Despite the amazing weather outside, this session is standing room only. This talk bills content strategy as a way to design a comprehensive user experience. Margot Bloomstein discussed the idea of content strategy from the perspectives of all the different stakeholders you might have in a content or web project.
First, a definition.
Content Strategy is "the practice of planning for content creation, delivery, and governance."
Second, a premise.
Margot stresses that creating a messaging architecture will save you time and money in virtually any project. Whether you spend the time asking yourself what your priorities are before you hire a consultant or ask your creative team to start creating comps in Photoshop, either way, if you are not starting out with a unified understanding of the message, you'll have costly rework on your hands. Because it is easier for most humans to communicate in words before they dive into the creative process, you should always start with the core message.
Via a few examples of websites -- ranging from the Harvard Club in Boston to National Financial -- that were both on message and ‘on creative,' Margot shared how content strategy can direct the rest of your communication efforts. The most interesting element was when she dove into how different professionals on a team might use content strategy:
Q: In a world where the content on a page is always changing, how can you optimize meta content to reflect the right message? And where should the ‘user experience' really begin?
A: If all members of the team are using a single content strategy, then changes to the page may not dictate changes to your SEO or SEM ad copy. Your brand and macro messages should be incorporated into your meta content to draw a user in from the time they look you up on a search engine. In this way, content strategy can both save time and reinforce your key messages.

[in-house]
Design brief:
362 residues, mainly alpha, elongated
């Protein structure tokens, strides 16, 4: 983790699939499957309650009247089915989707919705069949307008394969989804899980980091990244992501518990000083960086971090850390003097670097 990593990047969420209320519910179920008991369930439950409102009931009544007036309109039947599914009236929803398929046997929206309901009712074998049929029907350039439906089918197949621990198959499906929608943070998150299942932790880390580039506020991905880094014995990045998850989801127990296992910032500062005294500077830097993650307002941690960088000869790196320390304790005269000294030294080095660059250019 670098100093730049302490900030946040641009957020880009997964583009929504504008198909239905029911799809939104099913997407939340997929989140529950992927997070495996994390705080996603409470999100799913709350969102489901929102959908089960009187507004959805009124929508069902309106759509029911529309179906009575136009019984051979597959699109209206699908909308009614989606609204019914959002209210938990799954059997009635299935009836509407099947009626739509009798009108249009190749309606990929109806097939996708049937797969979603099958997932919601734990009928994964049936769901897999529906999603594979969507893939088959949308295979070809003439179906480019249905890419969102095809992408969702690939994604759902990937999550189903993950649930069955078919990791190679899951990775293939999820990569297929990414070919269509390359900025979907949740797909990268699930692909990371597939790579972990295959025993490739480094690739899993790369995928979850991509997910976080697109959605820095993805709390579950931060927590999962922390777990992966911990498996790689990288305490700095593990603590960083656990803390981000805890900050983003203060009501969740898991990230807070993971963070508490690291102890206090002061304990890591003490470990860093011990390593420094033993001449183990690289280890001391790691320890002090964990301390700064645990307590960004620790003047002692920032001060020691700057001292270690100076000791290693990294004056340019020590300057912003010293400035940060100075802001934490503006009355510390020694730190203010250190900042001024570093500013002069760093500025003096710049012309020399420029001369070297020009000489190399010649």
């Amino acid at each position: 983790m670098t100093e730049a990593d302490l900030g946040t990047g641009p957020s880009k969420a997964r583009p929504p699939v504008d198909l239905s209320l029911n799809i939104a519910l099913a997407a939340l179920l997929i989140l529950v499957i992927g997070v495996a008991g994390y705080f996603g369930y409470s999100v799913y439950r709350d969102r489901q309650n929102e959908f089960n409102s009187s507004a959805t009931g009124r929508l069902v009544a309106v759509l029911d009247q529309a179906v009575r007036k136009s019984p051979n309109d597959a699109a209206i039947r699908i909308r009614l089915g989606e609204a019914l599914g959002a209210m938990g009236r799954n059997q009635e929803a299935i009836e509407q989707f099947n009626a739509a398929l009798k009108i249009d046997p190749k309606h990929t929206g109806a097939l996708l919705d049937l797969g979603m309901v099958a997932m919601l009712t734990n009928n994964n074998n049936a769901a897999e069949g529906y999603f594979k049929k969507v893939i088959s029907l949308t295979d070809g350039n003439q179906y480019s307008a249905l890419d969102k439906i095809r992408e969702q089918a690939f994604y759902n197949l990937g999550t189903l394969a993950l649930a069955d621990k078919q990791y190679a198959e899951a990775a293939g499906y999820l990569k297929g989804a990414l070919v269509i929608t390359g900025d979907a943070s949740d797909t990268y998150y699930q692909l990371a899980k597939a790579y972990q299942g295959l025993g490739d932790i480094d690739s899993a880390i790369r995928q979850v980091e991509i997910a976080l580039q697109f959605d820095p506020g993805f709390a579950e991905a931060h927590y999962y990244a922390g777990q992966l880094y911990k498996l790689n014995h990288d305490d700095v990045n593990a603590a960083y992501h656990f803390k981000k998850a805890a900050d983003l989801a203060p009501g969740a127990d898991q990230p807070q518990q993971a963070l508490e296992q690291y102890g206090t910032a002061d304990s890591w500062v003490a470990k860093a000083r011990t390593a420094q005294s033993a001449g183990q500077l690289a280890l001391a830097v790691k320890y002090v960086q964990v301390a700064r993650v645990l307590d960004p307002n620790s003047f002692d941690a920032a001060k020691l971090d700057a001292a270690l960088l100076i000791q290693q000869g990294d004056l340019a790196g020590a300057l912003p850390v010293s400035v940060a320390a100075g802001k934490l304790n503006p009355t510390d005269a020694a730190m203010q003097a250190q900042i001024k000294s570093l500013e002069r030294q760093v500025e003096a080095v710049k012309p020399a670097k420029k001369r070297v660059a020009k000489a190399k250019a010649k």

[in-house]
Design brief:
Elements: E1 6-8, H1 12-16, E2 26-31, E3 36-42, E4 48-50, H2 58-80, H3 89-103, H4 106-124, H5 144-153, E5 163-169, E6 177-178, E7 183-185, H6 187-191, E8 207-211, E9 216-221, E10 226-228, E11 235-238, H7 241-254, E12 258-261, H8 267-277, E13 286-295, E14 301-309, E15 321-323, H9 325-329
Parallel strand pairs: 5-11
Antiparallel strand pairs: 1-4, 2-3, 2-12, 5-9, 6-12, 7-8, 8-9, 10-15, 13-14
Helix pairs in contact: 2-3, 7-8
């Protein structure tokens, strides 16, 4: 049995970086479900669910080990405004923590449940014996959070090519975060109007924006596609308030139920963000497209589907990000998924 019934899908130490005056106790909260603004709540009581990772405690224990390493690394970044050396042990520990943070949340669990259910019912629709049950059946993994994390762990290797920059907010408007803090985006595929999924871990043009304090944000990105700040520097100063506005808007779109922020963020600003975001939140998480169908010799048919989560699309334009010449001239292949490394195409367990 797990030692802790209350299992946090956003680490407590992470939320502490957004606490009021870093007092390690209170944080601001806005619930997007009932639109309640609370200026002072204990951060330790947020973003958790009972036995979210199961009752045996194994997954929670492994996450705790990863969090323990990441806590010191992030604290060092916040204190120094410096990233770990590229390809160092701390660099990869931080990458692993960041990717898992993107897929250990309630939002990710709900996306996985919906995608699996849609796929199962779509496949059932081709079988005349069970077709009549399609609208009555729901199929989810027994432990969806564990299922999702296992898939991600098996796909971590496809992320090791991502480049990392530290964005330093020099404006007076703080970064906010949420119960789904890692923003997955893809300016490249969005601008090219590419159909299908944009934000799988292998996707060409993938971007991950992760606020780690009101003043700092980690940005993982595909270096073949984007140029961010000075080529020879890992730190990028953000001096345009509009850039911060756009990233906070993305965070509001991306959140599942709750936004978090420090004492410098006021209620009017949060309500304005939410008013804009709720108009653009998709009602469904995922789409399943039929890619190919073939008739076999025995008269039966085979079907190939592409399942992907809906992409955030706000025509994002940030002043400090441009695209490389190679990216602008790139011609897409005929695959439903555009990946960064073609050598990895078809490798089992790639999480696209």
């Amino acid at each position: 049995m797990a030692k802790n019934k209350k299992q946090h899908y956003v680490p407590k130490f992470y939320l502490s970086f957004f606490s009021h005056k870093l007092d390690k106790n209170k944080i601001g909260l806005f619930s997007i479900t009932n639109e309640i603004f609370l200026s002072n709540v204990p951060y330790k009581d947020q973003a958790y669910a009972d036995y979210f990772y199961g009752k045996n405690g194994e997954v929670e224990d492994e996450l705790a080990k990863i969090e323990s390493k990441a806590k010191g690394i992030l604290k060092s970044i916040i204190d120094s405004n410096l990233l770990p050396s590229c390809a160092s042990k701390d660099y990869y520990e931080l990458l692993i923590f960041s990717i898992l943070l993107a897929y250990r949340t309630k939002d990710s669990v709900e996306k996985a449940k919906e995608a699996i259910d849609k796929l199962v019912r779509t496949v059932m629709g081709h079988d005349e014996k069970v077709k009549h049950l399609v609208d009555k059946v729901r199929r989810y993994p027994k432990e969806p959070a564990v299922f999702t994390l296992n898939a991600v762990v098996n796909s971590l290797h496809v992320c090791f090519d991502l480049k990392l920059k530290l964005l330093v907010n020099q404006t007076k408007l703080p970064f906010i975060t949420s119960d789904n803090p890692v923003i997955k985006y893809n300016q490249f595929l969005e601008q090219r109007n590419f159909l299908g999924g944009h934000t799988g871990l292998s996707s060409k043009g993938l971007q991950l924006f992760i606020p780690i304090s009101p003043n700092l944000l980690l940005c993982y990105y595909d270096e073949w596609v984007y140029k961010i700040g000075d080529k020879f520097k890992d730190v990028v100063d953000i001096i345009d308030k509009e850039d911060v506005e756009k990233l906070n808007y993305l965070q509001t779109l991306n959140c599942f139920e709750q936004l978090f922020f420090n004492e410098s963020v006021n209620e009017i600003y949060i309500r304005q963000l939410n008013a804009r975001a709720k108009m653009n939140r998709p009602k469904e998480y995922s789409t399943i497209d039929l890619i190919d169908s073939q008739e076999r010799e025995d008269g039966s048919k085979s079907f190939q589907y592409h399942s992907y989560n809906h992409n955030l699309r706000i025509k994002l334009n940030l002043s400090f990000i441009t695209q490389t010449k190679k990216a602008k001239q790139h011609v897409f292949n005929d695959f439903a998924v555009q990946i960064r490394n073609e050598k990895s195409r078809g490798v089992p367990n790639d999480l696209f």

Social Media Folks
Q: How do you get your clients to stop talking about themselves & really engage?
A: Work on a content strategy that sets the baseline for core message, tone and priority thinking about what your audience is interested in. Then apply an editorial calendar to make it a reality. Margot's example here of EcoBags chronicled a move from tweets that were all about ‘what bags are on sale' to a total social media strategy that highlighted the company's wisdom and experience in all things eco. EcoBags is now a clearinghouse for environmentally friendly information and also drives additional traffic and conversions for their bags.
But how do you create a content strategy? Do you need a consultant to help you?
I would argue no. There are a few key, hard questions that you should ask yourself.
- What is most important as a message? What do you want your company to be known for?
- What are the goals of your communication?
- How does that drive the hierarchy of your message?
Finally, the inbound marketing takeaway:
Even a one-person shop needs to have an idea of what they want to communicate, and revisiting your content strategy helps you stay true to that message and to the content your audience wants. As soon as you have more than one employee, this becomes even more important. Content strategy may sound like a fancy term for ‘having a plan,' but developing one is a real and valuable exercise that makes you really think about your business and the value you bring to your customers.
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